By Paul B. Johnson
Positive outcome, questionable path. That's the reaction of Rep. Howard Coble, R-6th, to the apparent overthrow this week of Libyan dictator Moammar Gadhafi. Coble was one of 10 Democrats and Republicans on Capitol Hill who filed a legal action this spring against President Barack Obama over the White House's decision to intervene against Libya without military authorization from Congress. Coble and the other plaintiffs argue that the president unfairly bypassed Congress to authorize military force
earlier this year.
In launching air strikes against Libya, the White House maintains that the president was justified intervening -- in cooperation with European countries and other nations -- to prevent a bloodbath as Gadhafi forces fought the Libyan rebels. The legal action against the White House was
taken under the War Powers Act, which requires the president to get congressional authority on military hostilities within 90 days of an action. Coble told The High Point Enterprise on Wednesday that he's not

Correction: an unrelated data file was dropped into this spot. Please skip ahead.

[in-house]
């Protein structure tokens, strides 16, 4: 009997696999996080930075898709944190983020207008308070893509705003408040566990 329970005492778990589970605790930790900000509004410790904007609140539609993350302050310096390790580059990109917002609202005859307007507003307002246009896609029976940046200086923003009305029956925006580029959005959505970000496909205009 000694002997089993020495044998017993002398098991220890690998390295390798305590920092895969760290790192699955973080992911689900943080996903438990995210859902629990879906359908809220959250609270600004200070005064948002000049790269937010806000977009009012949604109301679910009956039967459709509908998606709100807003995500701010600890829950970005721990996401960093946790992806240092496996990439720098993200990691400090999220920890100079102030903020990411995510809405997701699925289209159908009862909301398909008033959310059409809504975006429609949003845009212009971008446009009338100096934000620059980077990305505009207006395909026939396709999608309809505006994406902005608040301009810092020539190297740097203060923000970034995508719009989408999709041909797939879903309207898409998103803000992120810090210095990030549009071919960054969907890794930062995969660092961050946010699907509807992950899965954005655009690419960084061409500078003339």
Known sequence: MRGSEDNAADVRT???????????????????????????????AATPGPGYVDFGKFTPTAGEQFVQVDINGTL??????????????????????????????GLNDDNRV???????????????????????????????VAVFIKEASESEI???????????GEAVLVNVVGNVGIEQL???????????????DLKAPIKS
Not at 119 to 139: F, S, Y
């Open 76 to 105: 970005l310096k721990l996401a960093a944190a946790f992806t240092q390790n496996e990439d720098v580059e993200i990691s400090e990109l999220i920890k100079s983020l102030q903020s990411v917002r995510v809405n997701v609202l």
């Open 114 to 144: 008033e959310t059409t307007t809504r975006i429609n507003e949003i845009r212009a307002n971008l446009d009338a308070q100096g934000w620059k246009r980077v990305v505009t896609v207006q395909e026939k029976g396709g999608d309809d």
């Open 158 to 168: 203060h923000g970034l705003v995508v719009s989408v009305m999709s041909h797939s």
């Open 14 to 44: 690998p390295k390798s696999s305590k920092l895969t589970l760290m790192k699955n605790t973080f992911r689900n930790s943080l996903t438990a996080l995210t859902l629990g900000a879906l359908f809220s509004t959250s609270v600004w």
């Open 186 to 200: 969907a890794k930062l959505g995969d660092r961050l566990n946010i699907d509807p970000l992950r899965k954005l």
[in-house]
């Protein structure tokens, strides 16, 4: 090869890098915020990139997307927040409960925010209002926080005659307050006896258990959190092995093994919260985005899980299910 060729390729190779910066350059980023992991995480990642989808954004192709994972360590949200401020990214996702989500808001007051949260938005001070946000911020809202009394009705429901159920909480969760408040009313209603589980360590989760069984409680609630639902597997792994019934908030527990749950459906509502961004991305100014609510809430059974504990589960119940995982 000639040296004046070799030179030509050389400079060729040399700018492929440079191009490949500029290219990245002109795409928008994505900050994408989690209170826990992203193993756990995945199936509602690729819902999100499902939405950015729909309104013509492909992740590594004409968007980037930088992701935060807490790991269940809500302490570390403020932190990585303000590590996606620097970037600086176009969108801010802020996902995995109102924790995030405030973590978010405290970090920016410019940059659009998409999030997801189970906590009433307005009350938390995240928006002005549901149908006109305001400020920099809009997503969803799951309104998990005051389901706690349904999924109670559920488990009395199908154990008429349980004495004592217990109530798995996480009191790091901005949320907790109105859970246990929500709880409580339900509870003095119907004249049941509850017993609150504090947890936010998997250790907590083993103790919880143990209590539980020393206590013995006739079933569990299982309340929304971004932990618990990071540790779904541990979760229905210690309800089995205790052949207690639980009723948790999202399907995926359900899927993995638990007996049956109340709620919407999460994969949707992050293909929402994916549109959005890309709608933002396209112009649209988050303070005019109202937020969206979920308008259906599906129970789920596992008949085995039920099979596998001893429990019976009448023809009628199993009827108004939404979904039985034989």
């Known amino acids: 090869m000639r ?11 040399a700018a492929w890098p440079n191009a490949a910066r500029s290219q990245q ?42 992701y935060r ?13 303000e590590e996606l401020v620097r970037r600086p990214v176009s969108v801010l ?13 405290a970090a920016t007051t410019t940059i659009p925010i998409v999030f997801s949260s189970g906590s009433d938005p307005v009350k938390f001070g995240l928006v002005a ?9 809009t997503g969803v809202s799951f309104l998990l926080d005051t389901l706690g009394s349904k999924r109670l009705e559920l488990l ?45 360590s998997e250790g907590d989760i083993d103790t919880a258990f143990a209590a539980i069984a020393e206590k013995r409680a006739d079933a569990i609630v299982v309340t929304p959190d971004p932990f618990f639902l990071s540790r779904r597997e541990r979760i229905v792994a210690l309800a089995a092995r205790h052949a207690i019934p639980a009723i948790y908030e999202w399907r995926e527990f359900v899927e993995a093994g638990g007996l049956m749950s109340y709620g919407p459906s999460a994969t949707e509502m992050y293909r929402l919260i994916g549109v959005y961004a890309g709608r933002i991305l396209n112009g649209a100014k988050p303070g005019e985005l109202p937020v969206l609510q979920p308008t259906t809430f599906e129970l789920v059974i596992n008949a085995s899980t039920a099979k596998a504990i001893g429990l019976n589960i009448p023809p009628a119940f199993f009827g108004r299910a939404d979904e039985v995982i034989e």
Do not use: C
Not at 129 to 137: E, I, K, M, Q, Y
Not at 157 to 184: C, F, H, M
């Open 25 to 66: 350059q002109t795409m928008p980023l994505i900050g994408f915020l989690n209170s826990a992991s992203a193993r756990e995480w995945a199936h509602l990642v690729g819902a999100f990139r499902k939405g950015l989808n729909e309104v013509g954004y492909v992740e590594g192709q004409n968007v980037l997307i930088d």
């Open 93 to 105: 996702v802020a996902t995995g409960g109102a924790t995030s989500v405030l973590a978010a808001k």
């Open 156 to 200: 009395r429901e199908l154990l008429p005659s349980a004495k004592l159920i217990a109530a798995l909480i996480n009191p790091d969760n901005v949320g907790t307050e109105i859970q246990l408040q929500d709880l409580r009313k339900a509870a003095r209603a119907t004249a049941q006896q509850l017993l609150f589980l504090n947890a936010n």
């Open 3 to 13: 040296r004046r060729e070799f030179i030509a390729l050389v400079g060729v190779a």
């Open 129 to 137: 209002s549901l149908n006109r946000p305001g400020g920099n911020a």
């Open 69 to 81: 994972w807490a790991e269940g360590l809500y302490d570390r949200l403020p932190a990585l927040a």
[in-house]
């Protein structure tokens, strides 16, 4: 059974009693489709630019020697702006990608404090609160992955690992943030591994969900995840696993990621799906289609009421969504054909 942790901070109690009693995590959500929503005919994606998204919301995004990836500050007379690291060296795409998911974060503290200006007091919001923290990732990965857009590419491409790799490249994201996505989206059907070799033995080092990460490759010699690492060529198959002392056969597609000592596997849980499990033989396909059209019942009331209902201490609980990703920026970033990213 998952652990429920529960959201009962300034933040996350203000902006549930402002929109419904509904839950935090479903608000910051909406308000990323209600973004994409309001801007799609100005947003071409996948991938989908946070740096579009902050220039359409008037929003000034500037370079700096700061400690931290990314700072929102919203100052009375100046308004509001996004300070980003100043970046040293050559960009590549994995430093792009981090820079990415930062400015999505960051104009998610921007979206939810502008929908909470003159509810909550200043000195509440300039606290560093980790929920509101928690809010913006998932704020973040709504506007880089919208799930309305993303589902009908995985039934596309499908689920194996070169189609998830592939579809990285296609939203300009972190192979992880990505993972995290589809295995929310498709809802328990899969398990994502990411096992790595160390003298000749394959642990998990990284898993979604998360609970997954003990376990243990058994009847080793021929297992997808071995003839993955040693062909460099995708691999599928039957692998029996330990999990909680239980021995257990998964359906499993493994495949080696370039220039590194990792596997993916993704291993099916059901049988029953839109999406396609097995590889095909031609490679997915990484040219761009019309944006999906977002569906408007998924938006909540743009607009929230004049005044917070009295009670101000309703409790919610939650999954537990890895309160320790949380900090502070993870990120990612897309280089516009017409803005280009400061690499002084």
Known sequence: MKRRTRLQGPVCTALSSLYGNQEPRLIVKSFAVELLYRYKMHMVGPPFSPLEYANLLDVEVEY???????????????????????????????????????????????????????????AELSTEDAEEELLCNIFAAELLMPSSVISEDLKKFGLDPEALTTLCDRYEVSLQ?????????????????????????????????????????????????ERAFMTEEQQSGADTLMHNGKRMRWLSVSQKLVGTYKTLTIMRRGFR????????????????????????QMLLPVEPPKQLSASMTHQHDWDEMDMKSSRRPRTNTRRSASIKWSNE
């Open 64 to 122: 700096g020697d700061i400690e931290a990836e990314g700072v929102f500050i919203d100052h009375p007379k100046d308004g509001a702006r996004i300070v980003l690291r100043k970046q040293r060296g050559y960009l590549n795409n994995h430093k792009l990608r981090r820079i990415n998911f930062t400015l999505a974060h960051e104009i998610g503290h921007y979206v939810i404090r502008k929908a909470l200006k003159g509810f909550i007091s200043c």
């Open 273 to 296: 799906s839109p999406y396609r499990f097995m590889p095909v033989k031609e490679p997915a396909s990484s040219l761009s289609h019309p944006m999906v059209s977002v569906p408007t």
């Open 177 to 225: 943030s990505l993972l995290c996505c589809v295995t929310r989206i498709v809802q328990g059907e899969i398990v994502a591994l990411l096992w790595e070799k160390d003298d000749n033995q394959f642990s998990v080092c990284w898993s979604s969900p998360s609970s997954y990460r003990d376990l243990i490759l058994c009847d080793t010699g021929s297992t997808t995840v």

suggesting Obama was reckless by supporting the rebels' military campaign to oust Gadhafi. But Coble said he still maintains the president should have received the approval of Congress in the Libya intervention. Rep.
Mel Watt, who wasn't part of the Libyan congressional lawsuit, said his biggest
reservations about the military intervention involve the unknowns about the rebel factions. The U.S. government has helped depose Gadhafi without knowing whether the government that replaces his regime will have positive ties with America. "We don't know who the rebels are or what they stand for," said Watt, D-12th. Watt said that the president did achieve his goal of removing Gadhafi. "To the extent that that was the strategy, the president seems to have succeeded. The question is what's next," Watt said.